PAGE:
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Thema’s case is a matter of national importance! Judge sends TTGF to High Court

Thema Williams’ first legal bout with the Trinidad and Tobago Gymnastics Federation (TTGF) and its current and past officials David Marquez, Akil Wattley, Ricardo Lue Shue and his wife Donna Lue Shue ended with a resounding victory this morning, as Justice Frank Seepersad decided that the 21-year-old gymnast had a right to be heard in the local High Court.

Seepersad also ruled that the four sport administrators must pay costs—certified fit for Senior Counsel—to Williams’ legal team for their unsuccessful attempt to block the gymnast.

Photo: Thema Williams of Trinidad and Tobago competes on the uneven bars during the 2015 World Gymnastics Championship in Glasgow, Scotland, on 23 October 2015. (Copyright AFP 2016/Andy Buchanan)
Photo: Thema Williams of Trinidad and Tobago competes on the uneven bars during the 2015 World Gymnastics Championship in Glasgow, Scotland, on 23 October 2015.
(Copyright AFP 2016/Andy Buchanan)

“There is, therefore, a very evident public interest and concern in this matter,” stated Seepersad, in his judgment, “and the selection process for representation at the Olympics is an issue that extends beyond the insular concerns of the parties to this matter and is one in which every citizen has a vested interest.”

Williams is represented by advocate attorney Keith Scotland, instructing attorney Reza Ramjohn and Martin Daly SC. Attorney Justin Junkere represented the TTGF while Marquez, Wattley and the Lue Shues were defended by Ramesh Lawrence Maharaj SC and Ronnie Bissessar.

The gymnastics body and officials sought to stay Williams’ TT$11.3 million court case against them and instead have the matter sent to their own arbitration body. The gymnast was suing the TTGF and the four officials for controversially removing her from the Rio 2016 Olympic Games in favour of Canada-born gymnast Marisa Dick.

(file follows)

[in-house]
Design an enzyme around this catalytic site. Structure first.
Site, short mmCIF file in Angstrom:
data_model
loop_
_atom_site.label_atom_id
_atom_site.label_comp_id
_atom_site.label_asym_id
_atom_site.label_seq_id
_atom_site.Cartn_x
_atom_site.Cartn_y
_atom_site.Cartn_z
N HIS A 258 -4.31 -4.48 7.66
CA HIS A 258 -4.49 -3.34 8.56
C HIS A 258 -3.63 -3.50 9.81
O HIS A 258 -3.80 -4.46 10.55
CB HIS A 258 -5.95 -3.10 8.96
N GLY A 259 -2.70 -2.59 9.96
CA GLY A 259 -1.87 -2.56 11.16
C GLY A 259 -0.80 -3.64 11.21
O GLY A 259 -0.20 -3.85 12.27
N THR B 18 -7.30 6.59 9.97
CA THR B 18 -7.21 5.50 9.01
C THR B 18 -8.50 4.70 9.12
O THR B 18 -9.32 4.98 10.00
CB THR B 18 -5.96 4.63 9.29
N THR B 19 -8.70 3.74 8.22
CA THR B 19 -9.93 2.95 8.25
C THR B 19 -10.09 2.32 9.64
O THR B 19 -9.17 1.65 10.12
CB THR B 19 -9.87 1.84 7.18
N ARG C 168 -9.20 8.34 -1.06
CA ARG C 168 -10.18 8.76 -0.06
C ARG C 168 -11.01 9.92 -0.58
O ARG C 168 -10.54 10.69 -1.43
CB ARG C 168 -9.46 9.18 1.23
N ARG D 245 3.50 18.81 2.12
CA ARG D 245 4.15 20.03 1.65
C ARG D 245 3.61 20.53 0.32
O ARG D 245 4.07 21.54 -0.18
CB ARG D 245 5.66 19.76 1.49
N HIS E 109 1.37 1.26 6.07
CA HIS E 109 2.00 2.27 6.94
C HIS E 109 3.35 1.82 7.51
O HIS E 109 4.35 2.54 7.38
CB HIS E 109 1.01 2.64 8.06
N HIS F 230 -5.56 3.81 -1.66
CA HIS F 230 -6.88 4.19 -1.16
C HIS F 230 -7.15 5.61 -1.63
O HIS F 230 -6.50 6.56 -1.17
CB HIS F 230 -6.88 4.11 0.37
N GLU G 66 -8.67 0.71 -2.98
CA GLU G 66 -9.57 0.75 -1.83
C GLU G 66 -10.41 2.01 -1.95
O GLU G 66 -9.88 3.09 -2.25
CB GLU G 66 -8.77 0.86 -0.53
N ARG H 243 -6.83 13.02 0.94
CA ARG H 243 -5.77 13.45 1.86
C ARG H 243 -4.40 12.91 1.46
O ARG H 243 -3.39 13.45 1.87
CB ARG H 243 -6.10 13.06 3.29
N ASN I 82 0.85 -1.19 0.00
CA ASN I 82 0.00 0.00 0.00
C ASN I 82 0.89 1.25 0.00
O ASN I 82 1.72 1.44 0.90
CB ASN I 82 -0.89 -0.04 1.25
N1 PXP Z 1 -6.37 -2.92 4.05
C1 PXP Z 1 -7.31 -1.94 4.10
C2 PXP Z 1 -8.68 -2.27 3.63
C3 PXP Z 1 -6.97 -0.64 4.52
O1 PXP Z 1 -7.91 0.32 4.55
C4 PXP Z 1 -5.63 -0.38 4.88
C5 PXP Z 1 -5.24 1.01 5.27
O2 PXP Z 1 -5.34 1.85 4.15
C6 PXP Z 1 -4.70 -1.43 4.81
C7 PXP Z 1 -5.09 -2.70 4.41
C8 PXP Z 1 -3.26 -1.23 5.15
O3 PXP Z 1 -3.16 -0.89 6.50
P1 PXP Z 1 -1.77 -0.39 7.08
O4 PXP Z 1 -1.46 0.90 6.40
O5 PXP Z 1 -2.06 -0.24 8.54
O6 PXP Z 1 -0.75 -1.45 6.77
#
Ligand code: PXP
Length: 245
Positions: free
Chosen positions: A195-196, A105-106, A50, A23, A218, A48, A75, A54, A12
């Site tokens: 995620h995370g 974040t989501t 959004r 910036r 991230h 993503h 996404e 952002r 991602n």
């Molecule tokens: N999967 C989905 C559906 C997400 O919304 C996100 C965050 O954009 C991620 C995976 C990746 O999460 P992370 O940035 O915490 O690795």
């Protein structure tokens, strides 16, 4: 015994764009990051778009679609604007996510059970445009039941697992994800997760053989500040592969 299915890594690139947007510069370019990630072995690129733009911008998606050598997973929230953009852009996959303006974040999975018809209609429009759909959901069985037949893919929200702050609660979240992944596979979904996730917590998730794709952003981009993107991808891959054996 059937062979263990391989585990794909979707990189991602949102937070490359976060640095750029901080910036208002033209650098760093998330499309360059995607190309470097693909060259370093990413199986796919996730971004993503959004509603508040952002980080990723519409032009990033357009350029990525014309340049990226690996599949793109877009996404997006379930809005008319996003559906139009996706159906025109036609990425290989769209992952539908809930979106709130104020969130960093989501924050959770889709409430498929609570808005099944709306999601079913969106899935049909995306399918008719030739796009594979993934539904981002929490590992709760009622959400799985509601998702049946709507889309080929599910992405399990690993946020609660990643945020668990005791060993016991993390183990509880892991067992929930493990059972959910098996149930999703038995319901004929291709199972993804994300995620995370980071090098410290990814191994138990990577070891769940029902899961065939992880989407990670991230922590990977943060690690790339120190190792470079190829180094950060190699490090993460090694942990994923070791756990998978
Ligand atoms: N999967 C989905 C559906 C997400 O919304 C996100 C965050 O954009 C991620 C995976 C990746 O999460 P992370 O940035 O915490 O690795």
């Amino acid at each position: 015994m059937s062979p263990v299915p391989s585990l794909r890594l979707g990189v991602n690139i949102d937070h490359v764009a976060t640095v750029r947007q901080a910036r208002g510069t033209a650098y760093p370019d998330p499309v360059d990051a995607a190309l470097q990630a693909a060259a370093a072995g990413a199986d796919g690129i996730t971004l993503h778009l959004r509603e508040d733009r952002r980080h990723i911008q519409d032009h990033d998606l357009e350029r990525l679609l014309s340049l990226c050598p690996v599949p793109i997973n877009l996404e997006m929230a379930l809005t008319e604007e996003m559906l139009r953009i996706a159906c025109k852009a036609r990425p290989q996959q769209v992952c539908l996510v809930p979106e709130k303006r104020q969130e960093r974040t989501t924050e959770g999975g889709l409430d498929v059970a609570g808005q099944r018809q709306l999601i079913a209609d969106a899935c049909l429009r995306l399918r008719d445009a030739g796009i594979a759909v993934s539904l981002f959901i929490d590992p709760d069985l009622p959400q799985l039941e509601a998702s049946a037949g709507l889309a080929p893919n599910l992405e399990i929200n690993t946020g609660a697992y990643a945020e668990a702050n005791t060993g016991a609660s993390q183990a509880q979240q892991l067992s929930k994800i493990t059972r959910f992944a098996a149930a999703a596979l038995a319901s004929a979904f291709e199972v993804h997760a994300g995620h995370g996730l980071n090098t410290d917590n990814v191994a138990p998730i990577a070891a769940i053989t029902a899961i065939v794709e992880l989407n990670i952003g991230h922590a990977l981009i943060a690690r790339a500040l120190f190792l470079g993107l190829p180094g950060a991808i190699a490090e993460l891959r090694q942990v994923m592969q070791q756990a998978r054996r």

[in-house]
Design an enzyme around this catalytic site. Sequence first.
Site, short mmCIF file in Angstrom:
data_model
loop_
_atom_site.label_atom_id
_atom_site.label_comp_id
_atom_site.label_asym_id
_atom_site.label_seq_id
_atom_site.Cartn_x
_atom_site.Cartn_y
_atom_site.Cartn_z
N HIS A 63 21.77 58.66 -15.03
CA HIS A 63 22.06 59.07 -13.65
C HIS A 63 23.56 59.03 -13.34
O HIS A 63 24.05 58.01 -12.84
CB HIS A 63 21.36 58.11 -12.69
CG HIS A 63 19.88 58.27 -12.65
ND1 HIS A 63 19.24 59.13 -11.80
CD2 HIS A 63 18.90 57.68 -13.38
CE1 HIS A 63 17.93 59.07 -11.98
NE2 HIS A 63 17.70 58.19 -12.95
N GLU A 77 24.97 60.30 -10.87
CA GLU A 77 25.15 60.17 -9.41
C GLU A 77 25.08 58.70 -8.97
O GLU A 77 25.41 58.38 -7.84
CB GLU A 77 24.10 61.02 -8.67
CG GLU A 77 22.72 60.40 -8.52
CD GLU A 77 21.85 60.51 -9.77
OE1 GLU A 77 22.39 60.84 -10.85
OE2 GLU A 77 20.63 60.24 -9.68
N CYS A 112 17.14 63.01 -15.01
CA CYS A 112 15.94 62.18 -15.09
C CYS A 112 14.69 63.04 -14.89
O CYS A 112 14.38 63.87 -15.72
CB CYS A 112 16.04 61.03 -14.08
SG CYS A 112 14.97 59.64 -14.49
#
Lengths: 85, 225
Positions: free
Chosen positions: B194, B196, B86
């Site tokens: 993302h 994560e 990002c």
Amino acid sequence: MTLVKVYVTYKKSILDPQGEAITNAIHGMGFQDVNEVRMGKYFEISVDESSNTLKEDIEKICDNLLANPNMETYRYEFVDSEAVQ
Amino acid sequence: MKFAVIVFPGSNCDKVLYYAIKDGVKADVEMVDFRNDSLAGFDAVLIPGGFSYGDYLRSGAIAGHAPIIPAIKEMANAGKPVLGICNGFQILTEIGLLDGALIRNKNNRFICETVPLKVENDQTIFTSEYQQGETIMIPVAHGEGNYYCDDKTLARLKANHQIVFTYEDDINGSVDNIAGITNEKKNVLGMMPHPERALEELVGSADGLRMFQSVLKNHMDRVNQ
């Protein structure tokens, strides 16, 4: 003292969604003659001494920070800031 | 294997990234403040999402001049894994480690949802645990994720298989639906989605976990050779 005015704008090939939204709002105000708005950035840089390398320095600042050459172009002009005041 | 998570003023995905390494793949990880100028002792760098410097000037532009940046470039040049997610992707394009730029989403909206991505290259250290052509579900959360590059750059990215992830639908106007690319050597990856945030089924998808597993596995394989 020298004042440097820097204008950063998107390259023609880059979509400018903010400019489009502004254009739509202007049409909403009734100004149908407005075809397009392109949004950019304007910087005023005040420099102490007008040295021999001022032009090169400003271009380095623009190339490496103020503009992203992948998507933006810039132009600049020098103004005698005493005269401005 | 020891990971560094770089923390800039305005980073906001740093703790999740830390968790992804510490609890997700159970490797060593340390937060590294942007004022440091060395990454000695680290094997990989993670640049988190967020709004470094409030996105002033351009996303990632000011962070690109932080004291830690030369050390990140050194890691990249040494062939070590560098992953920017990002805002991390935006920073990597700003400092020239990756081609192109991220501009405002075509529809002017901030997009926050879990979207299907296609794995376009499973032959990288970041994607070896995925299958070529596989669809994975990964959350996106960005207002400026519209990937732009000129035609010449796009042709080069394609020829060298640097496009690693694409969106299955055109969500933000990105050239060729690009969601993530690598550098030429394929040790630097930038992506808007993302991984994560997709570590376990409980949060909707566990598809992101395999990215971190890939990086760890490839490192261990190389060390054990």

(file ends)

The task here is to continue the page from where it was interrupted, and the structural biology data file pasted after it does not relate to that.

Williams, said a source close to her legal team, was figuratively dragged away from Rio like Dr David Dao—the American passenger of Asian descent who was controversially and violently removed from a United Airlines flight earlier this month.

The quip, according to the source, was intentionally meant to mirror a recent comment by Trinidad and Tobago Olympic Committee (TTOC) president Brian Lewis, who compared the two controversies in a recent interview with Wired868.

Photo: Trinidad and Tobago Gymnastics Federation officials (from right) Ricardo Lue Shue, Elicia Peters-Charles and David Marquez pose with Sport Minister Darryl Smith (second from right). (Courtesy Ministry of Sport and Youth Affairs)
Photo: Trinidad and Tobago Gymnastics Federation officials (from right) Ricardo Lue Shue, Elicia Peters-Charles and David Marquez pose with Sport Minister Darryl Smith (second from right).
(Courtesy Ministry of Sport and Youth Affairs)

“Team Thema” have still not forgiven Lewis and the TTOC for allowing the local gymnastics body to give Williams’ spot in Rio to Dick.

In court today, Seepersad ruled comprehensively in favour of the young gymnast.

The gymnastics body argued that their agreement with Williams and Dick included an arbitration clause, which ought to be adhered to. It reads:

“All disputes arising out of or connected with this agreement are subject to resolution exclusively through the procedures set forth in the TTGF by-laws and/or, if appropriate, through the grievance procedures of the Trinidad and Tobago Olympic Committee.”

Junkere asked Seepersad to instruct Williams to adhere to the provisions of this clause, even though the TTGF itself ignored the gymnast’s request for arbitration when she was de-accredited—just hours before the Rio Test Event on 17 April 2016.

However, Seepersad was not comfortable with the wording of the TTGF’s dispute resolution provision and concerned as to whether it could provide Williams with a fair hearing.